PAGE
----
The General Medical Council's Fitness to Practice: Referring Complaints to Local Procedures policy maker was contacted by Dr Helen Bright but GMC were not able to state that day or for several more days if their policy on investigation of locum doctors was still the same.

GMC policy stated that if GMC received complaints about locum doctors they had to investigate them. Complaints about doctors in substantive NHS posts were referred to local procedures.

GMC described locum doctors as peripatetic locums stressing movement from place to place. Locum doctors have to travel to comply with their work assignments which could be all over the country. GMC placed locum doctors on the same list as those who committed crimes (paragraph 14). It is a bit like Roma people were criminalized in 1530 by Egyptians Act leading to their expulsion from England. Here is part of GMC's paragraph 14 of their policy Fitness to Practise: referring Complaints to Local Procedures:

The GMC's core statutory role means that there will be many categories of case where it is immediately clear that we will need to investigate. These cases include:

e) cases involving peripatetic locums

So, if any rubbish complaint reaches GMC about a locum doctor their livelihood can be destroyed because of their status as a locum doctor. That is not in public interest.

Department of Health dislikes agencies as they charge commission and NHS has to pay it and they have not planned for such expenses.

Human being can have poor anger management. When expectations are not met the result could be anger against locum doctors. Expectations are that locum doctors should have no opinions, not criticize anyone or any practice, work for far less money, not work through agencies which charge commission and leave the country preferably as soon as possible. The majority of locum doctors are from ethnic minorities.

Destroying locum doctors careers through sham peer reviews by regulator (GMC) who placed either punitive conditions on doctors' practice preventing locum doctors obtaining any employment led to loss of lives in a situation where there is already established fact that there is shortage of doctors. Some doctors were simply suspended and then erased having never harmed anyone.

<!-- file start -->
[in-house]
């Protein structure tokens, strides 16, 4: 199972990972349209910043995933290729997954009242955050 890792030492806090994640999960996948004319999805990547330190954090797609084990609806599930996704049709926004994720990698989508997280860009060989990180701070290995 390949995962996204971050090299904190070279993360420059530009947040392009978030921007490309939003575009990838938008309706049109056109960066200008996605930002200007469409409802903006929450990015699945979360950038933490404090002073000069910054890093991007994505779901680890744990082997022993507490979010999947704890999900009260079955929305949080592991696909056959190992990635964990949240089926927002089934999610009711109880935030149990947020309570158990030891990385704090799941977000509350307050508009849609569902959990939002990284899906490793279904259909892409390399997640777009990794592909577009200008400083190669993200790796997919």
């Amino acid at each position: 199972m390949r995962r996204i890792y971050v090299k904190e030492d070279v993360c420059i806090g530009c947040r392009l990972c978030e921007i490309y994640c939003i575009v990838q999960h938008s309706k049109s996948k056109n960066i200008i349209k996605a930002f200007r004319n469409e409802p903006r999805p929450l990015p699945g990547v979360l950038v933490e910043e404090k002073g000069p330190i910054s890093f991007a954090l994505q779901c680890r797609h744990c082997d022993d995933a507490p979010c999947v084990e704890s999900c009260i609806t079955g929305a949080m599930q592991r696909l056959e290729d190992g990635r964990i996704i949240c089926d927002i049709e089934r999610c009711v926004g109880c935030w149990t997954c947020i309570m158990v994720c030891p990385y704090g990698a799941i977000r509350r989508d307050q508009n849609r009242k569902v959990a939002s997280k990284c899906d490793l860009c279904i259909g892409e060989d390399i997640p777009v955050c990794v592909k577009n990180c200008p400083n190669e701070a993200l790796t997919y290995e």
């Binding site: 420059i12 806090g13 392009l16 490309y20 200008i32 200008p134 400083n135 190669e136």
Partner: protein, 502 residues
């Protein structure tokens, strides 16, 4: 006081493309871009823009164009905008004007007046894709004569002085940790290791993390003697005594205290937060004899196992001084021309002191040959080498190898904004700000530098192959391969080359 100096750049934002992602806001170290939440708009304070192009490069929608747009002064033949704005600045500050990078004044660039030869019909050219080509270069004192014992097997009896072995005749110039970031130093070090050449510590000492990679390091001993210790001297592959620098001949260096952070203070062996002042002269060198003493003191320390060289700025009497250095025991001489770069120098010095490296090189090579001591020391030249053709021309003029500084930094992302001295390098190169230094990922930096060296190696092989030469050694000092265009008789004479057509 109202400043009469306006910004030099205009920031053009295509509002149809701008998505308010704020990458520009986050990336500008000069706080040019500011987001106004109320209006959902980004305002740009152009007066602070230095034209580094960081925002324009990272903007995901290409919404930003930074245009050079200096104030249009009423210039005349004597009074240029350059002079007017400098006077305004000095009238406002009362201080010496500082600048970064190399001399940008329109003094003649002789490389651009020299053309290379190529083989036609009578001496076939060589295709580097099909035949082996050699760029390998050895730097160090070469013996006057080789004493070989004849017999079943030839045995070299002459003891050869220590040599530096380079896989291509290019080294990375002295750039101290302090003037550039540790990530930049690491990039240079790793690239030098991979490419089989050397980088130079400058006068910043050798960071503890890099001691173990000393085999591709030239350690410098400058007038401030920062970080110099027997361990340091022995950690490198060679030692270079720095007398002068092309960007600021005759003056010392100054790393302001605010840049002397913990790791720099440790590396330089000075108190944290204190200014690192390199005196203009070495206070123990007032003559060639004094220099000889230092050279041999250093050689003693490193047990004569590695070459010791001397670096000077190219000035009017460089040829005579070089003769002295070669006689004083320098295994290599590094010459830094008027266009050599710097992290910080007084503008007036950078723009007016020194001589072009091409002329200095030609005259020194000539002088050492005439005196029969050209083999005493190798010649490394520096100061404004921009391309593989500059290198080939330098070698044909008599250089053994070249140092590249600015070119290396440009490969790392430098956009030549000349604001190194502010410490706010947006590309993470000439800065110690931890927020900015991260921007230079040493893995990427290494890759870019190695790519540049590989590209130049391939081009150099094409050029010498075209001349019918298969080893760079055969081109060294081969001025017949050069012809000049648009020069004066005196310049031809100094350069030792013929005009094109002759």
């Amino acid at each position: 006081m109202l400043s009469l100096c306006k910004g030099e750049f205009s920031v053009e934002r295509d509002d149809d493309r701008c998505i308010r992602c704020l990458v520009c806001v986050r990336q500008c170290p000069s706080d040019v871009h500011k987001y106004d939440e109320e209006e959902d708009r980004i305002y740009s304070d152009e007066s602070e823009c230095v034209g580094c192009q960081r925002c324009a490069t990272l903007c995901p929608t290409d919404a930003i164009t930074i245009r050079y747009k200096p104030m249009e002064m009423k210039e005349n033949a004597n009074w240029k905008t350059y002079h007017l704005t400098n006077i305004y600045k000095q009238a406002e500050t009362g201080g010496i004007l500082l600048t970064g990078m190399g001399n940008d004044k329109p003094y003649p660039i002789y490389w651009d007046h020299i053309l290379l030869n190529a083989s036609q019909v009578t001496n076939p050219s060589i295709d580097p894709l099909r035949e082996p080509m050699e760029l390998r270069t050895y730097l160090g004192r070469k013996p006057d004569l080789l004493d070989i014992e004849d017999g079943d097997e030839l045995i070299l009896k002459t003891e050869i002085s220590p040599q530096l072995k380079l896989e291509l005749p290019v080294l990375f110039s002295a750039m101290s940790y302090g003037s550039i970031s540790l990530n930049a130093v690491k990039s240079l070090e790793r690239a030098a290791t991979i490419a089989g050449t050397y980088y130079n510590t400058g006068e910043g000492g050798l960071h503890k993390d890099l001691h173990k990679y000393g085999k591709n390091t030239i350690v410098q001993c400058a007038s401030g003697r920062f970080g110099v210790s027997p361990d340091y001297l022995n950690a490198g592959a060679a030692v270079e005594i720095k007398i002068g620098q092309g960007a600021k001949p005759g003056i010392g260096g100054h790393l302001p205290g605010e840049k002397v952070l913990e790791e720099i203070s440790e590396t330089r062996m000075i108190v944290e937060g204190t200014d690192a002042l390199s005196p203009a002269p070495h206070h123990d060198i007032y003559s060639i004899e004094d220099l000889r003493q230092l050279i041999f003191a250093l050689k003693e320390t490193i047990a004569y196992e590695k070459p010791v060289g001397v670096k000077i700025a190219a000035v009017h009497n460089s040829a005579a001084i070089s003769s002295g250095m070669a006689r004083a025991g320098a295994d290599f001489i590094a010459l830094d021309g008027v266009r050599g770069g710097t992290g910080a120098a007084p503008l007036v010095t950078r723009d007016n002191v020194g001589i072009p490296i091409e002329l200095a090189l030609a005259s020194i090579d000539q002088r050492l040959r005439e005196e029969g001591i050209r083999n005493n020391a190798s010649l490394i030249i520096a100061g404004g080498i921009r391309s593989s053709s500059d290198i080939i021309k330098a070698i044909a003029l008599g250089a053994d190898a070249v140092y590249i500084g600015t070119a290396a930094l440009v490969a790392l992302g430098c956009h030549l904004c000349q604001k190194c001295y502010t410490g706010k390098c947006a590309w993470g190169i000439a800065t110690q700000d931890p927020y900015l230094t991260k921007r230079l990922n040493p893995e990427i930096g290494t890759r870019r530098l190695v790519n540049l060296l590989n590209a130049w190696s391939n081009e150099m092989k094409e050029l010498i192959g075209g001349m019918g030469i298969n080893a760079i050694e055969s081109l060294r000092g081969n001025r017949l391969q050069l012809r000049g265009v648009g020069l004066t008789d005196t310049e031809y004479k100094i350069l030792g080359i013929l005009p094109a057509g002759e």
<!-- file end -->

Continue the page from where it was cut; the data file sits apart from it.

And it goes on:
Anonymous said...

There is historic bias and mind set against locum doctors. Many people naively believe that locum doctors are not good or only work for money. Whether it may be true in some cases, majority of doctors work flexibly because of personal reasons such as family commitment, need career breaks and above all they don't want to get involved in day to day interference by Managers. In this current climate of job redundancies, Locum doctors have to work hard to prove they are worthy. Its risky as they have to have updated Enhanced CRB clearance, CPD, References and no job guarantees.

GMC should consider to destigmatize these doctors and disclosure about investigations should only be provided to prospective employers after seeking comments from doctors and to ensure if there is a real possibility of a case to answer. Malicious/vexatious complaints are quite common against whistleblowing doctors and if the GMC simply disclose such complaints without proper home work, it is not only the breach of Data Protection Act, its potentially damaging to doctors' career as the complaints despite being proved false, will nevertheless have ever lasting effects for future job prospects especially if its about doctors' character.

I suggest, GMC should take into account these suggestions and application forms by the GMC/NHS Managers/DH/Trusts should make relevant changes about disclosure questionnaire and only suspension,conditions/sanctions,undertaking, warnings,dismissal should be asked and if a doctor has been subjected to any kind of fitness to practise/disciplinay proceedings and cleared, he/she must not be asked to provide details as its fundamentally against the core principle of the English Law which prides itself to be innocent unless proven guilty

Doctors4Justice said...

UK NHS doctors have primitive attitudes to contract workers who appear to undercharge considering the risks they are taking with their careers.